Any chance of there being a “Preview Comment” feature so people can see how badly they have buggered up their comment before they send it to your database? Some extra lines in this textarea would be handy too…ten to twenty lines is normally quite comfortable.

  2. Sorry to double-post but I just tested your front page for validity and the code samples in this article don’t validate. The problem is where you have used a <p> element inside a <code>. <p> is a block-level element while <code> is an inline element, so this is an improper use of structural tags since you cannot place blocks inside inline elements. It is the same reason why <h1-6> elements have to be on the outside of <a> elements and so on.

    To do multi-line code samples, there are some elements which have existed since HTML 2.0 for this purpose. Most notable is probably the <pre> element, which is still in wide use today and displays the newlines and indents in the markup, rather than squashing the whitespace like most other block-level structural elements would.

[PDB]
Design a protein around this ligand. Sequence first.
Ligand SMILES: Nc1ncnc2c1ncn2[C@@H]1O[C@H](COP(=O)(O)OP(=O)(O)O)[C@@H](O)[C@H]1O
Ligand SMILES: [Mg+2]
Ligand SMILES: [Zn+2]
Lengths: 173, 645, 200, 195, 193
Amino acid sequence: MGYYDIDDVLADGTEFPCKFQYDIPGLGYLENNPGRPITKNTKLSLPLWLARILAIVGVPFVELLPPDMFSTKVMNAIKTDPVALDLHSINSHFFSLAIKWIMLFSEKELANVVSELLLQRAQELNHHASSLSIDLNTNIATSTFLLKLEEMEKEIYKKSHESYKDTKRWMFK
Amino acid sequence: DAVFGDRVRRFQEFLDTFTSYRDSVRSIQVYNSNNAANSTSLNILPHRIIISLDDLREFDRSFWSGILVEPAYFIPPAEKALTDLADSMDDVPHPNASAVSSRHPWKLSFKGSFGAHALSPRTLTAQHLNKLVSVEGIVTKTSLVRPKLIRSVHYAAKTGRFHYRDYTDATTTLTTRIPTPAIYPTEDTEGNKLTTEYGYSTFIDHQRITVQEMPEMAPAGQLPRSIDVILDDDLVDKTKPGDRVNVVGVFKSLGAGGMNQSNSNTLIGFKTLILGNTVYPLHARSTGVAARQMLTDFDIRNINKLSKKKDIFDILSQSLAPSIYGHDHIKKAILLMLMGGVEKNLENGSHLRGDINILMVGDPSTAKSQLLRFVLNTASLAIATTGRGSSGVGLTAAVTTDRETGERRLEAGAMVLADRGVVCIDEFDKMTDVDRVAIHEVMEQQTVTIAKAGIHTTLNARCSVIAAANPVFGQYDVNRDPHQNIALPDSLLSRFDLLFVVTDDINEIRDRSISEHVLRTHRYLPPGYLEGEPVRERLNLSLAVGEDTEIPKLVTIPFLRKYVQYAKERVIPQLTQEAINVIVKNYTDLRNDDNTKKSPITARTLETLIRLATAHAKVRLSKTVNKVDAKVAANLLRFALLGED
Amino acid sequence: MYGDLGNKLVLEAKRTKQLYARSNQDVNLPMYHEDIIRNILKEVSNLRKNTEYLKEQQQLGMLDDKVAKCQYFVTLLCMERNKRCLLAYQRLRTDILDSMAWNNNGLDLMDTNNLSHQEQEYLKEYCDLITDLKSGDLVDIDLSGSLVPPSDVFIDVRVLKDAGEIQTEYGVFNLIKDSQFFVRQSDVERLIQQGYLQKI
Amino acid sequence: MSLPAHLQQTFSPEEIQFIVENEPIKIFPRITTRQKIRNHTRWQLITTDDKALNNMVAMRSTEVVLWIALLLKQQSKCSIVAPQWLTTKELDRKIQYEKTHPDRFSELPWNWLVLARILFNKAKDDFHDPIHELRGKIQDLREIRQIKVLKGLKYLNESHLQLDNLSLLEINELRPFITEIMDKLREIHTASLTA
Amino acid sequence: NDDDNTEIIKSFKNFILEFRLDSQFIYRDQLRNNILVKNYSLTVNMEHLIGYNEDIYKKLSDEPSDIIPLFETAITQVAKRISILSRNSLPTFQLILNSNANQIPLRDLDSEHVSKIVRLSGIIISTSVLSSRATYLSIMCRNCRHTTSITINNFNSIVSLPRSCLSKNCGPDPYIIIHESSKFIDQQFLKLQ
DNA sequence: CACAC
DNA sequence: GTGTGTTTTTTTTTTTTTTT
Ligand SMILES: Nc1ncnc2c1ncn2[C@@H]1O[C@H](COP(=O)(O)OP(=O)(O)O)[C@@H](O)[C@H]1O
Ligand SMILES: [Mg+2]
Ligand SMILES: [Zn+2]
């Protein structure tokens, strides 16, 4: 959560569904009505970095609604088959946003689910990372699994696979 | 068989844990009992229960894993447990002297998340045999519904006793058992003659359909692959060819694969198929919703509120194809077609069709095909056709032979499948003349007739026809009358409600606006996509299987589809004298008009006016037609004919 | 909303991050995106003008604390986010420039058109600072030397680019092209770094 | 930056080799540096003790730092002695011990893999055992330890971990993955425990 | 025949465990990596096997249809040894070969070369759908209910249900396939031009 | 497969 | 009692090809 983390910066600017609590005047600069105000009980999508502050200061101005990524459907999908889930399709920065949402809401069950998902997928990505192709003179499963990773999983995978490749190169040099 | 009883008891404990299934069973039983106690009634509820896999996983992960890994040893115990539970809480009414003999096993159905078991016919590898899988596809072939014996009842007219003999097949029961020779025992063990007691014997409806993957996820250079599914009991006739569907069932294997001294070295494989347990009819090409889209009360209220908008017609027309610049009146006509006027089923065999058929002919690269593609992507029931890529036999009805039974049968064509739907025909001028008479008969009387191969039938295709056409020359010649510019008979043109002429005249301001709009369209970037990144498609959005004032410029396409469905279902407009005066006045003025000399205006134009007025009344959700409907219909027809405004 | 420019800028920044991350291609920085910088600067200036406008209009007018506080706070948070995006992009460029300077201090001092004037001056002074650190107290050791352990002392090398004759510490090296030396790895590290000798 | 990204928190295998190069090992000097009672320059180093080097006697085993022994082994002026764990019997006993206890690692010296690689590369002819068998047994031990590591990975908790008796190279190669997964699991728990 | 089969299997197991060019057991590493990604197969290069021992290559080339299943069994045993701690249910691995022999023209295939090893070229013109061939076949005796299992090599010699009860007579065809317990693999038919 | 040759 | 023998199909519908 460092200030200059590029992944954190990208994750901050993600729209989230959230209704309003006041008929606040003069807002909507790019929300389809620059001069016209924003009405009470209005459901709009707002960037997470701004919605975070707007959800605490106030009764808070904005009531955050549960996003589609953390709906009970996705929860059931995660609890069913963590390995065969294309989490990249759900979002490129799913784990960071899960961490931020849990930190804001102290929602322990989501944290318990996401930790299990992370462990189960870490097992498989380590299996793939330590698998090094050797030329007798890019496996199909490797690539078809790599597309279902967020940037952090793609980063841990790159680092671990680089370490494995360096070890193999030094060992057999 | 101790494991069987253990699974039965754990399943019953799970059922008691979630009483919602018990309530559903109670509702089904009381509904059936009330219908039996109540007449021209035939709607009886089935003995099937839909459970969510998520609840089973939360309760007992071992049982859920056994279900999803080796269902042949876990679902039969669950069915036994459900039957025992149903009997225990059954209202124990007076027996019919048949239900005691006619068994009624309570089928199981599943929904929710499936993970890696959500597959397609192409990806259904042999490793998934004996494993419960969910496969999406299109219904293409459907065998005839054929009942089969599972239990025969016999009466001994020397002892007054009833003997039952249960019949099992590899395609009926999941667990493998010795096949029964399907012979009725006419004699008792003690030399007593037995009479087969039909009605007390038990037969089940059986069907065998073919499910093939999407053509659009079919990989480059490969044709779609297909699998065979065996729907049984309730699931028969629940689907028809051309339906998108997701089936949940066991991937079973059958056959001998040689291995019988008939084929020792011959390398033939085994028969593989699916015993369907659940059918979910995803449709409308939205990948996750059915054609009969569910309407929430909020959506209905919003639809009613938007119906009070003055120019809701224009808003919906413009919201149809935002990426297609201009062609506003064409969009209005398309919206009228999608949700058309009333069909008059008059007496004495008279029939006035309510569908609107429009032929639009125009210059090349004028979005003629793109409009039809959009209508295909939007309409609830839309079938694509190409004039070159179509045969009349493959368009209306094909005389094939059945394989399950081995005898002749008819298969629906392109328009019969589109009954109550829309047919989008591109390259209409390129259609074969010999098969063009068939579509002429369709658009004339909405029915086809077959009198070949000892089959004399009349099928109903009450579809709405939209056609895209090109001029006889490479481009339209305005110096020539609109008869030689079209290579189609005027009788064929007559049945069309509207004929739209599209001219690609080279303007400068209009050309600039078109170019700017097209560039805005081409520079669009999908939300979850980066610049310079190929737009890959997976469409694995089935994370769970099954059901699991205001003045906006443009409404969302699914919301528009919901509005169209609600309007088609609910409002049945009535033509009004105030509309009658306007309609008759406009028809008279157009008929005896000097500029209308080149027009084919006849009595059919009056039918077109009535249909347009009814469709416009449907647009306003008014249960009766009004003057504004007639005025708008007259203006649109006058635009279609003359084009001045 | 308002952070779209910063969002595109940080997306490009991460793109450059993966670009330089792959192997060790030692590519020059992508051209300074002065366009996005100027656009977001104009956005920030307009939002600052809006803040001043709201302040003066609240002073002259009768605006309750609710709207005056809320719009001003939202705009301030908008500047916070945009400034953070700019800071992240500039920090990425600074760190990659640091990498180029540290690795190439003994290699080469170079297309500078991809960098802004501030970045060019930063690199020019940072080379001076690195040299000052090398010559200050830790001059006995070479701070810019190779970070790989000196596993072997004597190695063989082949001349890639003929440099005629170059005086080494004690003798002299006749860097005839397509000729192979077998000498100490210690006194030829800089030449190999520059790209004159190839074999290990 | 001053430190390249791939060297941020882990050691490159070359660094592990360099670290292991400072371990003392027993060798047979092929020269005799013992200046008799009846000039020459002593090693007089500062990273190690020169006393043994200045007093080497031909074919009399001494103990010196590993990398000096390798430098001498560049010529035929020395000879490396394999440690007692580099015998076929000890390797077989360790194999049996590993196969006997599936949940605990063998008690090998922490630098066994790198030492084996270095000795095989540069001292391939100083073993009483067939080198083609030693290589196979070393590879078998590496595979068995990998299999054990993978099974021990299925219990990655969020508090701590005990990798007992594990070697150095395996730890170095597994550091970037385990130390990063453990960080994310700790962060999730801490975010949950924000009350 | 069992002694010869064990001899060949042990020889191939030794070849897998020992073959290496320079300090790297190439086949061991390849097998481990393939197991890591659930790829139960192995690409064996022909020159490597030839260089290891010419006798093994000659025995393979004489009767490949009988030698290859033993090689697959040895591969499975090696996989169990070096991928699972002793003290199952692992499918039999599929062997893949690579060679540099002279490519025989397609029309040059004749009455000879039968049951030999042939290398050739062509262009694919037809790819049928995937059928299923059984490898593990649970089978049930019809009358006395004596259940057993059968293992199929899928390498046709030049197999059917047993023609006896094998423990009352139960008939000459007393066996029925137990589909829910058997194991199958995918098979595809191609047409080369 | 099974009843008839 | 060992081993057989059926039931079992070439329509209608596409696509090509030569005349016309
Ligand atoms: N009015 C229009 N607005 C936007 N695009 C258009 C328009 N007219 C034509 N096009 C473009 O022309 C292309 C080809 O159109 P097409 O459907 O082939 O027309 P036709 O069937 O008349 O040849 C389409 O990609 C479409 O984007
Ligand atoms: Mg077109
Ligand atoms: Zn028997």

The new link class is neat and the sidebar categories are easily readable now.

    Your images are using a background colour of RGB(“001,104,103”) and so if you used that in your body CSS entry, it should match up. If you want to use hexadecimal just throw the numbers through the Windows Calculator. I make it #016867 but that could well be wrong.

    Yeah, really need a preview or edit feature…

  3. Ben, I appreciate (and agree with) your comments about IE and its popularity globally, but only about 14% of visitors to this site use any version of IE, so it’s not that big of a deal for me. If I was building a commercial site, it would of course be a different story. I think that 60% is quite conservative actualy – most of the commercial sites I have built would have more like 90-95% of visitors using IE.

    As it is, I have used <acronym> for my reference to IE (as that’s what it is), so I’m not sure why you’re commenting on that anyway…